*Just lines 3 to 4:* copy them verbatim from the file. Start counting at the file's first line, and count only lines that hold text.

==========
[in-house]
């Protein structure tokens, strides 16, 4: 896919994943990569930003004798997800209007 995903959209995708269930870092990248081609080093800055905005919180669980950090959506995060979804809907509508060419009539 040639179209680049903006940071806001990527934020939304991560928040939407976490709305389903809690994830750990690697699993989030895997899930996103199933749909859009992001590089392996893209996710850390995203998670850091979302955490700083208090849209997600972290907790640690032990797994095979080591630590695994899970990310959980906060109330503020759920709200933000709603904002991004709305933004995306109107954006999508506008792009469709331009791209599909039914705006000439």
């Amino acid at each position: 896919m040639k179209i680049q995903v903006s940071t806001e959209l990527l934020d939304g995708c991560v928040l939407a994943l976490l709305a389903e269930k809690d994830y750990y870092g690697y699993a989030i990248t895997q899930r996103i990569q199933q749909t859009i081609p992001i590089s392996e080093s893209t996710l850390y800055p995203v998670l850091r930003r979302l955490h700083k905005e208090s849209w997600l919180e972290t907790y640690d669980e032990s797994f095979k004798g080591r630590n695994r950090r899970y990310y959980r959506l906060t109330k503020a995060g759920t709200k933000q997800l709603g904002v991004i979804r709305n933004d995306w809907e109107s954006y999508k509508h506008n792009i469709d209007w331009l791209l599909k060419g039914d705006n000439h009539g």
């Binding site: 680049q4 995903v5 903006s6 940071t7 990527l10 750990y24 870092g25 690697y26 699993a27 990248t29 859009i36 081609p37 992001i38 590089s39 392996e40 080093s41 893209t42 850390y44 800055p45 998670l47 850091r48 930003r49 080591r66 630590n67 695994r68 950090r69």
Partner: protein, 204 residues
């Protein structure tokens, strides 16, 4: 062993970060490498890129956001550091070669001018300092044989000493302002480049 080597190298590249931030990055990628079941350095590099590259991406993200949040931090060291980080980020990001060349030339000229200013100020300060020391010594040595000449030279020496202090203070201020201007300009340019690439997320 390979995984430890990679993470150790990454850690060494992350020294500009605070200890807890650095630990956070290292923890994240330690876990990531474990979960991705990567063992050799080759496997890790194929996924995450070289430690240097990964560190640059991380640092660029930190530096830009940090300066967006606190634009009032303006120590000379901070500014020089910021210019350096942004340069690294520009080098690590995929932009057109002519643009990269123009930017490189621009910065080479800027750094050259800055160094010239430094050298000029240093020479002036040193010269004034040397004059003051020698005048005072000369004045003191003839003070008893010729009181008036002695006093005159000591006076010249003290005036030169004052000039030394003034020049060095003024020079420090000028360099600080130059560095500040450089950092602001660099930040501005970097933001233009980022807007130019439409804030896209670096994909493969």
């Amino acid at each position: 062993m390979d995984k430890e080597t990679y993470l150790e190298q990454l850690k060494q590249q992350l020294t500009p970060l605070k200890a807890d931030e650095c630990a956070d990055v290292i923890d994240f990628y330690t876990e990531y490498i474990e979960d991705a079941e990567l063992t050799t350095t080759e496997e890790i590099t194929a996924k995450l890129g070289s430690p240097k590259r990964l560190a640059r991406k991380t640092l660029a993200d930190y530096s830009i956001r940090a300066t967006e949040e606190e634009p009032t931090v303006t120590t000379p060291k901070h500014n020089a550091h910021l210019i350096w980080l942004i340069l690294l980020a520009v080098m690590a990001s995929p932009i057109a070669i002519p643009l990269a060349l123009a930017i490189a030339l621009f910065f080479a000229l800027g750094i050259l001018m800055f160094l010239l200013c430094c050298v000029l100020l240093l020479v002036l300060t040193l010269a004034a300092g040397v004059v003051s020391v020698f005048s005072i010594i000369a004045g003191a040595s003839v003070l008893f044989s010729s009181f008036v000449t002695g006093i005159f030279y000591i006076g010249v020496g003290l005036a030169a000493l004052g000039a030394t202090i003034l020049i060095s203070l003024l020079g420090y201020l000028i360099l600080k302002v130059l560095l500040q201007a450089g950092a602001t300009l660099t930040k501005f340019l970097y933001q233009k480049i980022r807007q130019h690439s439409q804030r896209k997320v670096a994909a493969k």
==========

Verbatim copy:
């Amino acid at each position: 896919m040639k179209i680049q995903v903006s940071t806001e959209l990527l934020d939304g995708c991560v928040l939407a994943l976490l709305a389903e269930k809690d994830y750990y870092g690697y699993a989030i990248t895997q899930r996103i990569q199933q749909t859009i081609p992001i590089s392996e080093s893209t996710l850390y800055p995203v998670l850091r930003r979302l955490h700083k905005e208090s849209w997600l919180e972290t907790y640690d669980e032990s797994f095979k004798g080591r630590n695994r950090r899970y990310y959980r959506l906060t109330k503020a995060g759920t709200k933000q997800l709603g904002v991004i979804r709305n933004d995306w809907e109107s954006y999508k509508h506008n792009i469709d209007w331009l791209l599909k060419g039914d705006n000439h009539g």
């Binding site: 680049q4 995903v5 903006s6 940071t7 990527l10 750990y24 870092g25 690697y26 699993a27 990248t29 859009i36 081609p37 992001i38 590089s39 392996e40 080093s41 893209t42 850390y44 800055p45 998670l47 850091r48 930003r49 080591r66 630590n67 695994r68 950090r69």